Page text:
A Fresh Start in Saudi-US Relationship
Hassan Yassin, Arab News
There are some moments in history that can be called knots of opportunity, tying up the past with the future and opening up new roads. The meeting between President Franklin D. Roosevelt and King Abdul Aziz aboard the USS Quincy in 1945 was one such moment, marking and defining a half-century of Saudi-American relations. In the future, the meeting between their successors, President George W. Bush and Crown Prince Abdullah, at Bushâ€™s Crawford ranch last week, may be seen as a similarly defining moment, a moment that underwrites the next half-century of Saudi-American relations.
Such a moment cries out for honesty. First, it is no secret that relations between the two countries have been strained for several years, with Sept. 11 as a tragic and unfortunate marker. The results have been dreadful for two such historically dependent peoples. Seventy percent of Americans say they distrust Saudi Arabia and the Muslim world, and suspicion and anger toward American intentions and policies is running as high or more in the Arab world.
Here’s an interesting piece on US-Saudi relations by a former Saudi diplomat. It’s worth reading in that it presents a pretty good analysis of where both Saudi Arabia and the US went off the rails–at least in the other’s view. Again, you should read the whole thing.
â€˜Thank You, Maâ€™am. Have a Nice Dayâ€™
Lubna Hussain, email@example.com
My parents and I spend the last 10 days of Ramadan within the vicinity of the Grand Mosque in Makkah. It was during this period that my grandmother became deathly ill and we received a much-dreaded phone call in the middle of the night declaring that she would not make it through the following day. Beside herself with grief my mother implored me to perform Umrah (the lesser pilgrimage) in her name.
Thus begins an incredible story told by Luban Hussain. She tells of the insults she received in the Grand Mosque in Mecca by a religious policeman who was demanding that she cover her face during pilgrimage. This, by nearly all known regulation, is not required; in fact, women are supposed to not cover their faces during pilgrimage, as a symbol of the total equality of mankind.
She continues her story with an episode that took place in a shopping mall, when another woman-one who never covered her head–was accosted by another religious policeman. I’ll let you read the whole thing to see how that ended.
I really enjoyed reading a recent article in Arab News titled â€œWe Can and We Will,â€ and I agree with the approach of not blaming all our misfortune and economic weakness on Israel. I would like to add some other observations that I, as a young Saudi man, have made in past years.
I would like to start by saying that thinking negatively while considering issues never benefits one striving to work hard and build, no matter what the justifications. Every great idea is built on a dream â€” not on a nightmare. We teach young people to do whatâ€™s right by pointing out their good actions and not waiting to criticize the wrong ones â€” or at least we should. A person starts building a house when he first sees or imagines what the house will look like on completion.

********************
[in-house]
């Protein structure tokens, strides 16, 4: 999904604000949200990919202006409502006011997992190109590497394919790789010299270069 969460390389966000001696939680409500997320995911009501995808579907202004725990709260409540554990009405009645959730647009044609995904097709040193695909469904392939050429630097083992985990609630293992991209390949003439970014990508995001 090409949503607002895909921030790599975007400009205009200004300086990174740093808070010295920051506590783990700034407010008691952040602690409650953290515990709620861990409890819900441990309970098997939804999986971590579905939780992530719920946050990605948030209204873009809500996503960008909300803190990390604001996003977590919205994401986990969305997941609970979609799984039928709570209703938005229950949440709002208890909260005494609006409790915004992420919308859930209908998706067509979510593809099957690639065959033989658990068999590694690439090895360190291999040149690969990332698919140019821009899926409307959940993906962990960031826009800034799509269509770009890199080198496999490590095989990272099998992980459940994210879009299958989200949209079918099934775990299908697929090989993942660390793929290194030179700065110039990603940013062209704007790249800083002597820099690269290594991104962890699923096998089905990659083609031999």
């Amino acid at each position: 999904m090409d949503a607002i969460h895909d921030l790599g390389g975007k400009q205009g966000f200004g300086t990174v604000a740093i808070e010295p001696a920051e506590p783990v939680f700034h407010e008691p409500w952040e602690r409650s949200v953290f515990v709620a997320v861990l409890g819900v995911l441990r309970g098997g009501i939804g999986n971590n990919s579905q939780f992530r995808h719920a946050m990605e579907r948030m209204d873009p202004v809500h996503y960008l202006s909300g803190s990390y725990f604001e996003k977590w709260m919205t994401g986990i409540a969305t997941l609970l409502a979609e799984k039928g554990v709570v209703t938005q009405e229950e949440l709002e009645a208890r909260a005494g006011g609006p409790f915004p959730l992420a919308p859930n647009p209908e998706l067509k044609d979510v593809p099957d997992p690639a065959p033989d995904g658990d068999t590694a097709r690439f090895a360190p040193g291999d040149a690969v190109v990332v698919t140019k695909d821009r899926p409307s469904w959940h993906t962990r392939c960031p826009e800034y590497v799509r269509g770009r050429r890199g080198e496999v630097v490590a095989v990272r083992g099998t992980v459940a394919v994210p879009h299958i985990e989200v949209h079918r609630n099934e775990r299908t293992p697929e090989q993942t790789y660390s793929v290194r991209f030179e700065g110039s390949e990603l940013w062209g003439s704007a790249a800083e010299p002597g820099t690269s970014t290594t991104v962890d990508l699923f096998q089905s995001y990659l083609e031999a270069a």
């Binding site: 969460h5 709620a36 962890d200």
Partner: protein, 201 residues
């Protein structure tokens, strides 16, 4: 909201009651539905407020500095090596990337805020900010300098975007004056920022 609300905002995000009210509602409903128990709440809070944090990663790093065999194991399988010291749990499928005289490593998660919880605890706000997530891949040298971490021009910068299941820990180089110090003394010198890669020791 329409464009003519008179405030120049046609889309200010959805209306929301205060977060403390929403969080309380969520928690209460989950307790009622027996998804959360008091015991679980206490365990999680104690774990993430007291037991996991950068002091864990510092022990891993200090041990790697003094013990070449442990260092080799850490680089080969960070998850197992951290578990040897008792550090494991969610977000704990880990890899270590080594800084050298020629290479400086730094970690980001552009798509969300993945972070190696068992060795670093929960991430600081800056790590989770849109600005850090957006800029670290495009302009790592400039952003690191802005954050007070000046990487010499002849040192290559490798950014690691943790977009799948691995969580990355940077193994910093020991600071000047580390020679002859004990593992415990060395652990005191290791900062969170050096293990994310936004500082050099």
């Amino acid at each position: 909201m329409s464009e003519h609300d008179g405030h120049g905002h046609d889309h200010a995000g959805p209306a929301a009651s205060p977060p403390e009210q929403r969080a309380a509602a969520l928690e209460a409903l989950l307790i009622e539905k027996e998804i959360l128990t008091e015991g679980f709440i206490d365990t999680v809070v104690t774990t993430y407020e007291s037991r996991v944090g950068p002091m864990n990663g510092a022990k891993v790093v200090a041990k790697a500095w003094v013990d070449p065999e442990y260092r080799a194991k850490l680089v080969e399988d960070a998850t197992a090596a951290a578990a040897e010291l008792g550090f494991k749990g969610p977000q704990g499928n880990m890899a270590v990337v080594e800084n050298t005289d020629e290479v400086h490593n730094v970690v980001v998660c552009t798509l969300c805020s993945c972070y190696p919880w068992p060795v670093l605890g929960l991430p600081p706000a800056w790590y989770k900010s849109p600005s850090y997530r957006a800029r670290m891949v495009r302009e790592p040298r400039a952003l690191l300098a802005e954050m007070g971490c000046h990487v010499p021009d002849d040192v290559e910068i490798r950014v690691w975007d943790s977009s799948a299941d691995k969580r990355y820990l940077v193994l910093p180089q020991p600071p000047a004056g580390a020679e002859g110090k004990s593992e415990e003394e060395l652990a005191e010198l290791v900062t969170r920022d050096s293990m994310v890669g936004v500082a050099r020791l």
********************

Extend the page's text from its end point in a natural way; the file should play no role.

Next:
I truly believe that this dream does not exist for most Arabs and Muslims at this time…
This is another good piece–an opinion piece about how the Muslim world got into the hole it finds itself in, and some suggestions about how to get out. It’s worth the few minutes it takes to read the whole thing.
By Amb. Robert Jordan
Sixty years ago, President Franklin Roosevelt and the founding ruler of Saudi Arabia, King Abdulaziz ibn Saud, huddled over richly patterned carpets spread across the deck of the cruiser USS Quincy. This meeting in the Great Bitter Lake of the Suez Canal marked the beginning of a unique relationship: The U.S. promised security and technology in exchange for Saudi guarantees of reliable supplies of reasonably priced oil.
Despite inevitable moments of tension and crisis, this deal worked well for both sides: We generally managed to provide the security and technology, and the Saudis generally managed to provide the oil. In Operation Desert Storm, the Saudis provided more than oil, and joined us in combat against Saddam Hussein. In our efforts to liberate Afghanistan and Iraq, the Saudis provided coalition forces the critical use of a state-of-the-art air command center, air clearances for military flights, and other support that saved American lives when other allies, such as Turkey, backed away from our requests.
Yet this week, as President Bush and Saudi Crown Prince Abdullah met in Crawford, Texas, we mark the 60th anniversary of this relationship with a sense of unease. In the wake of the September 11, 2001, attacks by Saudi terrorists, the loss of American lives to terrorist attacks in Riyadh and elsewhere, the funding of madrassas and charities preaching hatred in the name of Islam, and recent reports of books and pamphlets promoting anti-Western venom in American mosques, many wonder if this relationship is worth preserving.
And in the midst of increasing media criticism and frustrations ranging from the Israeli-Palestinian conflict to Iraq to our visa and travel restrictions, it is not surprising many Saudis wonder the same thing. So after 60 years, how do we assess and improve such a tangled and contradictory relationship?